You’re my best friend
Which would you choose – a night out with your friends or night in on the sofa with your dog? If it’s the latter, then you’re not alone. More than half of pet owners admit they enjoy the company of their animals more than that of their human friends, according to a new poll.
The survey, commissioned by hotel chain Mercure and reported in The Independent, even discovered that 17% of those questioned stated that they favoured quality time with their pet over their partner. Most saw their pet as a positive influence on their wellbeing, with three in five stating that their pet helped them de-stress after a tough day. Seven in 10 found their pet was a calming presence in their home and 57% felt less lonely when their pet is beside them.
A relationship like no other
So, what is it about the dog/human relationship that is so special? The editors of TIME magazine have produced a special edition collection of articles that focus on this – TIME How Dogs Think: Inside the Canine Mind – which includes some fascinating observations.
In an excerpt from the collection, tellingly entitled Why Dogs and Humans Love Each Other More Than Anyone Else, author Jeffrey Kluger states: “It’s not enough to say that the relationship is symbiotic—that dogs hunt for us and herd for us and we keep them warm and fed in return. Humans and dogs adore each other.”
This mutual adoration is something that has developed over thousands of years. The constant close contact between canines and humans has enabled dogs to develop specific skills that enable them to interact and communicate efficiently with people – more so than any other animal. This is perhaps why we see them more as a friend, rather than a pet.
The look on your face
Recent studies have shown that the canine brain can even pick up on emotional cues contained in a person's voice, body odour and posture, and read their faces. In a study conducted by Marcello Siniscalchi, Serenella d'Ingeo and Angelo Quaranta of the University of Bari Aldo Moro in Italy, the authors watched what happened when they presented photographs of the same two adults' faces (a man and a woman) to 26 dogs while they were eating some food. The photos showed a human face expressing one of the six basic human emotions: anger, fear, happiness, sadness, surprise, disgust or being neutral.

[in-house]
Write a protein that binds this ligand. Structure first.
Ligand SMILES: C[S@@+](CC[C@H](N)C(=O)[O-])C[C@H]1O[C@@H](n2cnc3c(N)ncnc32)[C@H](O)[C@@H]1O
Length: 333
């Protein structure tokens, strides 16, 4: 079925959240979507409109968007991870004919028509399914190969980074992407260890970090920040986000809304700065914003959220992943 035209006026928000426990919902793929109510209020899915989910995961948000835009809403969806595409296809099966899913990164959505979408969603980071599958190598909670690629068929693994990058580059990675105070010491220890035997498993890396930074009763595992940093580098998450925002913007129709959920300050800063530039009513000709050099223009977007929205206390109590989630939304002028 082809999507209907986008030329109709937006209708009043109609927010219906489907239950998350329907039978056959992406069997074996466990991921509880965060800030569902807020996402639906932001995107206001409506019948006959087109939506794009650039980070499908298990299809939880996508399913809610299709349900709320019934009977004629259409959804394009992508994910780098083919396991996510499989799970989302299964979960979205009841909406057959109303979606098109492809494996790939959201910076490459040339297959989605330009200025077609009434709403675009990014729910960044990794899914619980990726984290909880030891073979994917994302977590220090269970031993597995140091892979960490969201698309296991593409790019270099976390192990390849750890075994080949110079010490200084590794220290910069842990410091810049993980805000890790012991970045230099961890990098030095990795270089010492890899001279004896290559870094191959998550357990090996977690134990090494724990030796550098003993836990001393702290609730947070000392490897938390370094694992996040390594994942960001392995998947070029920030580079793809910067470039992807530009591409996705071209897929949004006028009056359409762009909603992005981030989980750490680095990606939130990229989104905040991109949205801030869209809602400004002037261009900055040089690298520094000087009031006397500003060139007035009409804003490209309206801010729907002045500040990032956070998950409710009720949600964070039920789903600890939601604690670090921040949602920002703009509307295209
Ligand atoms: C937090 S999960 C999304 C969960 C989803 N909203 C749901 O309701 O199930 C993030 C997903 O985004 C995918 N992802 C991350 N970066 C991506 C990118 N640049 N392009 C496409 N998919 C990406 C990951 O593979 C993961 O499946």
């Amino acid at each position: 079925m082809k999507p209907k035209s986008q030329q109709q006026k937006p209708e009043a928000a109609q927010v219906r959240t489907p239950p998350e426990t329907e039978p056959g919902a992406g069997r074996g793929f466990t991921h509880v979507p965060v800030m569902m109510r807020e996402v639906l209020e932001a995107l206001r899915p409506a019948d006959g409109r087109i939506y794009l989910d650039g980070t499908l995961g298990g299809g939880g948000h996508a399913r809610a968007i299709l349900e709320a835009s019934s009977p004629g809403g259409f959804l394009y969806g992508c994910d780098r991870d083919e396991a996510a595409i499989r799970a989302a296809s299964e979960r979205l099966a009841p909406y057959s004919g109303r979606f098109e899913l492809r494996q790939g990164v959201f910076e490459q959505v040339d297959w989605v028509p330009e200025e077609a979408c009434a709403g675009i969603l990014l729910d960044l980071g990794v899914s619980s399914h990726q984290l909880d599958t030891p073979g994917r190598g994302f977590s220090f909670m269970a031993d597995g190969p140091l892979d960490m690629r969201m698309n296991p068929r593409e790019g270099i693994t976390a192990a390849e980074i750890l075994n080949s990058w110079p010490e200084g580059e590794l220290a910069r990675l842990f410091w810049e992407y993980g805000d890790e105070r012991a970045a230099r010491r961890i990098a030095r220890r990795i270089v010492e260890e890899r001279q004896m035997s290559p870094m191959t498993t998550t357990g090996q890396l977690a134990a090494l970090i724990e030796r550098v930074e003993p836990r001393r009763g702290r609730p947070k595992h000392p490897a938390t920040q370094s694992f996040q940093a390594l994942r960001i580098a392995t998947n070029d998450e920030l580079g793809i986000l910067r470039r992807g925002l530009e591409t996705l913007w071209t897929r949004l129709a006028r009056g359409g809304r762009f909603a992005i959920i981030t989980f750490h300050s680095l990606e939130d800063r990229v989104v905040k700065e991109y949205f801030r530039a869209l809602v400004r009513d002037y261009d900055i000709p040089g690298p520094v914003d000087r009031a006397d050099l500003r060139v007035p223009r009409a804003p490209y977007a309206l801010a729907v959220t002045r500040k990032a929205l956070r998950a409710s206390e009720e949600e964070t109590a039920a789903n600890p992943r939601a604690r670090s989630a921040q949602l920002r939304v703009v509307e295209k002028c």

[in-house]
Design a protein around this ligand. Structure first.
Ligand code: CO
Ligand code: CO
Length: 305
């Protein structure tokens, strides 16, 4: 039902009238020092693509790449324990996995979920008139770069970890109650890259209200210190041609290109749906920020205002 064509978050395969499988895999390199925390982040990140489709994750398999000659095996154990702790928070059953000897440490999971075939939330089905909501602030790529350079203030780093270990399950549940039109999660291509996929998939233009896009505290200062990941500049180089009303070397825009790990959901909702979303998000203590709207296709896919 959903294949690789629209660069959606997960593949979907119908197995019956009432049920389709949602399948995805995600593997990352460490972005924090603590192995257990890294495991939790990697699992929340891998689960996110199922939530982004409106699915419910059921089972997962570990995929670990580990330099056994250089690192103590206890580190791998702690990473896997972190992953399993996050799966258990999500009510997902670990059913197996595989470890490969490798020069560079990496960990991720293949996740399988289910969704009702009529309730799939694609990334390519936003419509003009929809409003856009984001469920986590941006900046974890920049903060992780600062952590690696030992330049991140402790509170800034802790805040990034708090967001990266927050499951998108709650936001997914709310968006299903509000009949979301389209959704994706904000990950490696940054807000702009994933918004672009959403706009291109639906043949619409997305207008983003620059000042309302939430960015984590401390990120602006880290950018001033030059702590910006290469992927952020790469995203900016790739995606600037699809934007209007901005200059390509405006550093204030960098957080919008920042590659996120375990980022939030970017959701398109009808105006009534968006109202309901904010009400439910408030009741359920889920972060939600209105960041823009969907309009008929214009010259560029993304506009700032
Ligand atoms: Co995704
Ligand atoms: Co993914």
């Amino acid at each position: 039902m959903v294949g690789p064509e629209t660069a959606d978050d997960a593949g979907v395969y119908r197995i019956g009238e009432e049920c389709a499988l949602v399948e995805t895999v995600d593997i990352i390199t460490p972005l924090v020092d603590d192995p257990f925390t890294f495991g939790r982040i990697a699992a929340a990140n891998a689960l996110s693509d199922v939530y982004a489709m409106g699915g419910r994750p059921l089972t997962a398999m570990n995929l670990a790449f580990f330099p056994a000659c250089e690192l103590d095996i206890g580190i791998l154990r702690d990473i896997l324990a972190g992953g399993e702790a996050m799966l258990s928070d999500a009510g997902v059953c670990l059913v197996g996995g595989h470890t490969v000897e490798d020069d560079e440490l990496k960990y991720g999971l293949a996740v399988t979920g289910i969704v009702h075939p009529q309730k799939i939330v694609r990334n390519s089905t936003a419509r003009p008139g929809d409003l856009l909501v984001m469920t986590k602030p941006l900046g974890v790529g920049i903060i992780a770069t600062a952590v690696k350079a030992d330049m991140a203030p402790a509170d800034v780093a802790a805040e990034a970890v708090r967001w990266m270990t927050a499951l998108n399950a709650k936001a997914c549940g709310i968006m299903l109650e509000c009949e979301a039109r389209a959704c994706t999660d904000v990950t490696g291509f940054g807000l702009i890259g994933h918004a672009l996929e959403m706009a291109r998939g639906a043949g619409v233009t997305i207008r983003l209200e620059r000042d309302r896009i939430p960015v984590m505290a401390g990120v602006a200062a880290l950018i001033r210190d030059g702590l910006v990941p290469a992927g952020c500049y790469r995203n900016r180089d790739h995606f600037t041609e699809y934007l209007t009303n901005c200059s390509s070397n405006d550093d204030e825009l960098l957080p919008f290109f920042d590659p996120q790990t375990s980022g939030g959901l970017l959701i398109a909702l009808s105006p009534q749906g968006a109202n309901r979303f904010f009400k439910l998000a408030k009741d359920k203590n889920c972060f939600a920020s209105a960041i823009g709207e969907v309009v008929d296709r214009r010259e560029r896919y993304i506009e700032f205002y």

"Love rarely touches the reasoning parts of the brain. It touches the parts we sometimes call the heart. For many thousands of years, it’s there that our dogs have lived."
The dogs showed greater response and cardiac activity when shown photographs that expressed arousing emotional states such as anger, fear and happiness. In addition, the dogs tended to turn their heads to the left when they saw human faces expressing anger, fear or happiness. The reverse happened when the faces looked surprised, possibly because dogs view it as a non-threatening, relaxed expression. These findings support the theory that dogs are capable of understanding emotions behind an expression on a human face, using different parts of their brains to process them.
However, some things go beyond science. As Jeffrey Kluger puts it: “What began as a mutual-services contract between two very different species became something much more like love. None of that makes a lick of sense, but it doesn’t have to. Love rarely touches the reasoning parts of the brain. It touches the dreamy parts, the devoted parts—it touches the parts we sometimes call the heart. For many thousands of years, it’s there that our dogs have lived.”
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